Magnetic Fields Proof

In the figure below a beam of electrons whose kinetic energy $K$ emerges from a thin-foil “window” at the end of an accelerator tube. A metal plate at distance $d$ from this window is perpendicular to the direction of the emerging beam. I am going to show that the beam can be prevented from hitting the plate if a uniform magnetic field $B>\sqrt{\frac{2mK}{e^{2}d^{2}}}$ is applied.

I start by stating that the Kinetic Energy is given by the formula $K=\frac{1}{2}mv^2$. Because the beam of particles exist within a magnetic field, they experience a $F=ma$, directed radially inward.. Because the applied magnetic field causes them to follow a circular path, $a=\frac{v^2}{r}$ and that magnetic force is $F=qvB$. If we plug all of these values into the radius of a circle that is created when the beam of electrons move perpendicular to the applied uniform magnetic field I obtain the formula $r=\frac{mv}{|q|B}$. If I solve the Kinetic Energy formula for $v$ and then plug it into the circle equation I obtain $r=\frac{m\sqrt{\frac{2K}{m}}}{qB}$. Next, if I solve for $(r=d)$  after squaring both sides and state that the distance of the circle must be less than $d$, I obtain the forumla $d < \sqrt{\frac{m2K}{e^{2}B^{2}}}$. If I now take $\frac{1}{B}$ out of the fraction and multiply each side of the equation by its reciprocal, and then bring $\frac{1}{d}$ under the radical, I obtain the following solution which is the end that I seek, namely $B>\sqrt{\frac{2mK}{e^{2}d^{2}}}$. After using the Right-Hand Rule, I find that the Magnetic Field is pointing out of the page.

The figure below shows a rod of resistive material. Its resistance per unit length increases in the positive direction of the x axis. At any position $x$ along the rod, the resistance $dR$ of a narrow section of width $dx$ is given by $dR=5x dx$, where $dR$ is in ohms and $x$ is in meters. I want to slice off a length of the rod between $x=0$ and some position $x=L$ and then connect that length to a battery with a potential difference $V=5V$. I want the current in the lenght to transfer energy to thermal energy at the rate of $200 W$. I am going to show how to find the position $x=L$ such that these conditions are met.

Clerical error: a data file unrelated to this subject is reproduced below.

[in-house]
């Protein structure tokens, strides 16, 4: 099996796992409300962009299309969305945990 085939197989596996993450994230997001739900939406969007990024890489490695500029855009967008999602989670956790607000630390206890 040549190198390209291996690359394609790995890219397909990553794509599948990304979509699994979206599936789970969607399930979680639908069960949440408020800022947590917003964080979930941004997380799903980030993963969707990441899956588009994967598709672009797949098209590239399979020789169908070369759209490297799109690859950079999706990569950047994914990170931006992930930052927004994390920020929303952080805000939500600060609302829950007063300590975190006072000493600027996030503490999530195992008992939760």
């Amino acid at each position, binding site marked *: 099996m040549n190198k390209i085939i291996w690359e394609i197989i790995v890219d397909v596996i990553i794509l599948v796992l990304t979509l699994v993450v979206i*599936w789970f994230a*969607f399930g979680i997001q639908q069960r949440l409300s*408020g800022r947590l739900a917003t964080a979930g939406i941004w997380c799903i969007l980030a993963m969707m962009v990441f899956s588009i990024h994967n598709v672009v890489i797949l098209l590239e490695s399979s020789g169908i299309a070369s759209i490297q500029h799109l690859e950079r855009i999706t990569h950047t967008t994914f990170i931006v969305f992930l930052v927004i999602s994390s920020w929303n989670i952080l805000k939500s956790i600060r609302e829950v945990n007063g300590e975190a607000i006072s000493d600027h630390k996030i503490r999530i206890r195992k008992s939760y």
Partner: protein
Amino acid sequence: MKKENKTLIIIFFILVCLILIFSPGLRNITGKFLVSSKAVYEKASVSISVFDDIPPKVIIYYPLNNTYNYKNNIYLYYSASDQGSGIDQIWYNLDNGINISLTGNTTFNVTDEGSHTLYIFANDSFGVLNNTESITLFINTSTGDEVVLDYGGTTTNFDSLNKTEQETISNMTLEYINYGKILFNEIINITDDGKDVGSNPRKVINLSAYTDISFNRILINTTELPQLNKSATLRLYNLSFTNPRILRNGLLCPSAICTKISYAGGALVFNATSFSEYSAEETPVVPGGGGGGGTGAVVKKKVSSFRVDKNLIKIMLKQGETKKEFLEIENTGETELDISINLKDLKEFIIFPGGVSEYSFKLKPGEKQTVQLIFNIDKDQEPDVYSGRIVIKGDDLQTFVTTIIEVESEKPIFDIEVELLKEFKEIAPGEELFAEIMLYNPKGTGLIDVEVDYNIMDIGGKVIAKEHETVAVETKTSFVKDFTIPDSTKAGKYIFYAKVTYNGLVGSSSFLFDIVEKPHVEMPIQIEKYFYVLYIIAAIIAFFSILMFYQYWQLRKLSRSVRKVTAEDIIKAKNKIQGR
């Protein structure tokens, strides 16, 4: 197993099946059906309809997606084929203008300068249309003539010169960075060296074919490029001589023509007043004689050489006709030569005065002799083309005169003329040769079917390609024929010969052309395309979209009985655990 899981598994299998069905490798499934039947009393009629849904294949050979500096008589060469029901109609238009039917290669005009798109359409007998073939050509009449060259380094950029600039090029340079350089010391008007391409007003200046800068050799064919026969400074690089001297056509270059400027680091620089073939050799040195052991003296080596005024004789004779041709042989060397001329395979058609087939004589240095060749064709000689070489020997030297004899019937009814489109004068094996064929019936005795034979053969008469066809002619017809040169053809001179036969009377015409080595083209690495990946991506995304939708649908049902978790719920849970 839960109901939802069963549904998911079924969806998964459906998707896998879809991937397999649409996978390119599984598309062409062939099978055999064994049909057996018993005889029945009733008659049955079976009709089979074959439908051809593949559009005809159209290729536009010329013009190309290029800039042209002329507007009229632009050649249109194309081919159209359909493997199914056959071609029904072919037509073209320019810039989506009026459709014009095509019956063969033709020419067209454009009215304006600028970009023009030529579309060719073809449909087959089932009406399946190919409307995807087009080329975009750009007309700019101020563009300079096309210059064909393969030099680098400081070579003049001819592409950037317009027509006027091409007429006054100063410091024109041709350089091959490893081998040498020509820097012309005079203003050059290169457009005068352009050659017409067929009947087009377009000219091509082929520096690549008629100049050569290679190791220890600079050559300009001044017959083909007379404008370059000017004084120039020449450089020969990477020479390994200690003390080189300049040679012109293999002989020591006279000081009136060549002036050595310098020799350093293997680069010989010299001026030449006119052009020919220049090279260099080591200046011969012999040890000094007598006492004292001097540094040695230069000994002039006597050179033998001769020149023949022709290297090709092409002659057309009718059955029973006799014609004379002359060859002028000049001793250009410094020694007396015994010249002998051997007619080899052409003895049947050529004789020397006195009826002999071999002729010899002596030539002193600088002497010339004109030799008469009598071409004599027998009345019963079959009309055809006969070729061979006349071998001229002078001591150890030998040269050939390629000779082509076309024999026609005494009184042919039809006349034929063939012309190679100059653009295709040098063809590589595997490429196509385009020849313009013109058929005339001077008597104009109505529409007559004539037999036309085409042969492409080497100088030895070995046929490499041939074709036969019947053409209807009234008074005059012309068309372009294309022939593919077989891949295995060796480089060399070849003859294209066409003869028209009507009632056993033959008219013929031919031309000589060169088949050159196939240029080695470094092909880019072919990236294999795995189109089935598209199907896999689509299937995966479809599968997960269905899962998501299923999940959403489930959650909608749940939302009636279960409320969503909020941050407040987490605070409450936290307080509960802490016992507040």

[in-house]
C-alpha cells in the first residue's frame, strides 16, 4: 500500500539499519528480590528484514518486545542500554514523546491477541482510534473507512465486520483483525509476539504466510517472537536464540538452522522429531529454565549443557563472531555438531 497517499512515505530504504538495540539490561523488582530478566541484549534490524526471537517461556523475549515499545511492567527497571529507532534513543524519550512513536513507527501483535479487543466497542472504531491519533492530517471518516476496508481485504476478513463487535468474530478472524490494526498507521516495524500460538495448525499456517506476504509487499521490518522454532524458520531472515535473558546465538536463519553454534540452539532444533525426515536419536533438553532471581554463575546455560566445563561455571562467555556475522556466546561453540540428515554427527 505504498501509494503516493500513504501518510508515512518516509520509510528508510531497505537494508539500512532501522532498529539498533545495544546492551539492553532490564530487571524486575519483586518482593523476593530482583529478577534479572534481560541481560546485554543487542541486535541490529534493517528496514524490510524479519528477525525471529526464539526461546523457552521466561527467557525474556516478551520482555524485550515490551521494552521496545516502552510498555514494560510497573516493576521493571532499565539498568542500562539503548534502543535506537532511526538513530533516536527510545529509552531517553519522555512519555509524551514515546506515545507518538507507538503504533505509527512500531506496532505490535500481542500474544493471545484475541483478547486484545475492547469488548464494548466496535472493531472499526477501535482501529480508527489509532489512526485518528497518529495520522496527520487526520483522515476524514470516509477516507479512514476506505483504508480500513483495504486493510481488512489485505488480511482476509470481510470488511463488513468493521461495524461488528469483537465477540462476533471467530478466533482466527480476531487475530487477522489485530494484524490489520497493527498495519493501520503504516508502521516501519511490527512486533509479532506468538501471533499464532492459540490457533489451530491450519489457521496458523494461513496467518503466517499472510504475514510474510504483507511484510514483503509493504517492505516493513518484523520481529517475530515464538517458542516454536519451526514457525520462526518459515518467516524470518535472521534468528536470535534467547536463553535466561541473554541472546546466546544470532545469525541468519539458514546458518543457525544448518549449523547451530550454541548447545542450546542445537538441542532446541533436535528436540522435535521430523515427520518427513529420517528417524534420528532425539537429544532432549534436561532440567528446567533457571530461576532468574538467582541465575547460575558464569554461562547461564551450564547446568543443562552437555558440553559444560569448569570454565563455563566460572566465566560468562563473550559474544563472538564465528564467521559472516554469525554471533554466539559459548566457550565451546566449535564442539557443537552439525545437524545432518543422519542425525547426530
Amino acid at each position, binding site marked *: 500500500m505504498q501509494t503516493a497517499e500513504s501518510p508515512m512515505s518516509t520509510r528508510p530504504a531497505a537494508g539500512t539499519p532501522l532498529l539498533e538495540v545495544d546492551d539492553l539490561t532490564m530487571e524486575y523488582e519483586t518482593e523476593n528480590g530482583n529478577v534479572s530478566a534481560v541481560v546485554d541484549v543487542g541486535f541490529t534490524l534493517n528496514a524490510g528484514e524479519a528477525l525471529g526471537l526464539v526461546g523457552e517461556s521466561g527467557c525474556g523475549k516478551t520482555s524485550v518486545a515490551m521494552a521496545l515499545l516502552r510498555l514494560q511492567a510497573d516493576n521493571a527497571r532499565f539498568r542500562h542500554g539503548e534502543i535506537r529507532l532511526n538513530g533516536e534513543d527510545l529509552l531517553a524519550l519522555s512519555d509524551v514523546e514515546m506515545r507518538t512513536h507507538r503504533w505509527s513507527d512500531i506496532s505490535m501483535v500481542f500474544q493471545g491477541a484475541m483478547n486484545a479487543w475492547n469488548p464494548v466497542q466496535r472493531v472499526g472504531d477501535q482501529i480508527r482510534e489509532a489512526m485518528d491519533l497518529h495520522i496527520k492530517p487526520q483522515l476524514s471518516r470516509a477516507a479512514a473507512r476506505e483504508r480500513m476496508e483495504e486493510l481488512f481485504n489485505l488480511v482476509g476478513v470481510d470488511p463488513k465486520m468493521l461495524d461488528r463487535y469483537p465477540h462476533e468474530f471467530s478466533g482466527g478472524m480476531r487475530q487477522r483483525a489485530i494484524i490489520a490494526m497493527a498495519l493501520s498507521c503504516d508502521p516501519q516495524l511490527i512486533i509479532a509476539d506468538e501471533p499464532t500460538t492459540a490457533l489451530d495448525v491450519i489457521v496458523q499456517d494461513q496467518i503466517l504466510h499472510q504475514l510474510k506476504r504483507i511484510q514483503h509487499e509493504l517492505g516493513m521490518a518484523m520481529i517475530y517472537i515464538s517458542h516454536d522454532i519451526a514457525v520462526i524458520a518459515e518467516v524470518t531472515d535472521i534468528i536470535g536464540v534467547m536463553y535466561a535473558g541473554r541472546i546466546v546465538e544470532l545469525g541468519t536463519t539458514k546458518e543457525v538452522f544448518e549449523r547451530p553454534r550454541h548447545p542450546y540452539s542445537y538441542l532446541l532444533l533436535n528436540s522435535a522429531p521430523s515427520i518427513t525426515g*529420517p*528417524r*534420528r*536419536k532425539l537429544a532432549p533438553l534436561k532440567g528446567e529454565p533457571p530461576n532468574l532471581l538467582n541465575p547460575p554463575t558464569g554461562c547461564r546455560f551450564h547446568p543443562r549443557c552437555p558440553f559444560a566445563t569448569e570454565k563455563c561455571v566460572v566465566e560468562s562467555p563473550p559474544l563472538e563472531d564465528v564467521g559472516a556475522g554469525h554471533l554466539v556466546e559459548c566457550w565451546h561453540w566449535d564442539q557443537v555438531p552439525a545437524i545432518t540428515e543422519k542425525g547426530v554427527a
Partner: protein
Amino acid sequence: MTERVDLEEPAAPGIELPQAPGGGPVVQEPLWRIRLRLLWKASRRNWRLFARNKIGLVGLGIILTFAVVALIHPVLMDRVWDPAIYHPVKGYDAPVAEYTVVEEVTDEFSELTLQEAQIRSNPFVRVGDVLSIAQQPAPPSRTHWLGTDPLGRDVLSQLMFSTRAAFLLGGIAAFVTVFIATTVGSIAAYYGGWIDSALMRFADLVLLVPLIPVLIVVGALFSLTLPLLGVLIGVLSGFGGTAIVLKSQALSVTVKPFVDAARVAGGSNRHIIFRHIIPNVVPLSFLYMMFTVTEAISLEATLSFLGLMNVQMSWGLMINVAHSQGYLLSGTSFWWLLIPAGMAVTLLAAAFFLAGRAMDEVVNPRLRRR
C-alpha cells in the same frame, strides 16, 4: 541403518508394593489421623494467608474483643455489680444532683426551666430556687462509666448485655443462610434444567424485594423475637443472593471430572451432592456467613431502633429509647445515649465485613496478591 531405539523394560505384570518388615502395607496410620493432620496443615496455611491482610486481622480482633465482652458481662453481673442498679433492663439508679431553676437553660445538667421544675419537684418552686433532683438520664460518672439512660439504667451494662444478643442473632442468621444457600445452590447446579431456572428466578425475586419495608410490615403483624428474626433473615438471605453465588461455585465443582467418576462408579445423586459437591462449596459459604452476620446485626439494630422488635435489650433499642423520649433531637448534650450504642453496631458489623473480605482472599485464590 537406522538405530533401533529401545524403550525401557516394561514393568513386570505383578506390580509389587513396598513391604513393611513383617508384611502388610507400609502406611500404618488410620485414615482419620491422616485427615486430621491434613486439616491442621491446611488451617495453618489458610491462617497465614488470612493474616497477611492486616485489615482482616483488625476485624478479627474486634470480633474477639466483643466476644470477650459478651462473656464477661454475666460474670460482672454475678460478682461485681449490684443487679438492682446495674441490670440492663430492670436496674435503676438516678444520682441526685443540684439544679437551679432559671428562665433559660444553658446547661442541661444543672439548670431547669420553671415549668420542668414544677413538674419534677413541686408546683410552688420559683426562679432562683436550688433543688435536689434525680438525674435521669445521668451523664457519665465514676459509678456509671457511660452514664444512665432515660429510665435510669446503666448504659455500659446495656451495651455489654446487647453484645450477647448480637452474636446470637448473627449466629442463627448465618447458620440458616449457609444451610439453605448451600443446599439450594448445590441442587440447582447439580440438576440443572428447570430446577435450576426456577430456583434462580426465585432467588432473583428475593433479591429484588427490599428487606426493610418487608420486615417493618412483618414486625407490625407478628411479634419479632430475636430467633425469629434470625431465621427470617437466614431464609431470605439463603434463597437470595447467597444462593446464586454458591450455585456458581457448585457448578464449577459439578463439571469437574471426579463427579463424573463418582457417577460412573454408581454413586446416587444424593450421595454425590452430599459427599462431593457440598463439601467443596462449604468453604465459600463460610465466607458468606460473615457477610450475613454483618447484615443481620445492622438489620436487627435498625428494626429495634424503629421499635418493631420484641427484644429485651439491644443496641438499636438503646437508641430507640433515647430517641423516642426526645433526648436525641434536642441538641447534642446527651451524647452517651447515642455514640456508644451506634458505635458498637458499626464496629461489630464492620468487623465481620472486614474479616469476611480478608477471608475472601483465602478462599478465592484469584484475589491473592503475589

Since I am dealing with a resistor, I can relate the given rate of energy transfer to thermal energy, $P$, to the Resistance, $R$, using the equation $P=\frac{V^2}{R}$, which is the resistive dissipation of the resistive battery. Essentially electric potential energy is converted to internal thermal energy via collisions between charge carriers and atoms. After plugging in the given voltage for the battery and the rate of thermal energy transfer, and then solving for $R$, I obtain $R=1.25\times10^{-1}\Omega$, which is the resistance of the battery. Next, I can integrate the given differential, $dR=5x dx$, which will equal $R$ and set it equal to $R=1.25\times10^{-1}\Omega$. I am doing this because the rate of thermal energy transfer depends upon the Resistance, which in turn depends on the length of the rod. After applying the Fundamental Theorem of Calculus to the integral and solving for $R$, I obtain $L=2.236\times10^{-1}m$

Stored Electrical Potential Energy Proof

Let’s imagine a cylindrical capacitor that has radii a and b as in the figure below. I am going to show that half the stored electric potential energy lies within a cylinder whose radius is $r =\sqrt{ab}$.

In this figure the dotted line is the imagined Gaussian surface with length $L$ and radius $R$, such that $a. I need to create a Gaussian surface so that I can apply Gauss’ Laws. On the surface of the Gaussian surface the charge density is $\mu = \frac{1}{2}\epsilon_{0}E$ where $E$ is the Electric Field at points on the Gaussian Surface. Now if I take the formula for the electric field at any point due to an infinite line of charge with uniform linear charge density $\lambda$, namely the formula $E=\frac{\lambda}{2\pi\epsilon_{0}R}$, and plug it into the equation for the charge density on the Gaussian surface, I obtain $\mu = \frac{1}{2}\epsilon_{0}(\frac{q}{2\pi\epsilon_{0}RL})^{2}$, where $\lambda=\frac{q}{L}$. Now I will leave that formula for a moment to develop a volume integral that will sweep out the energy between the cylinders.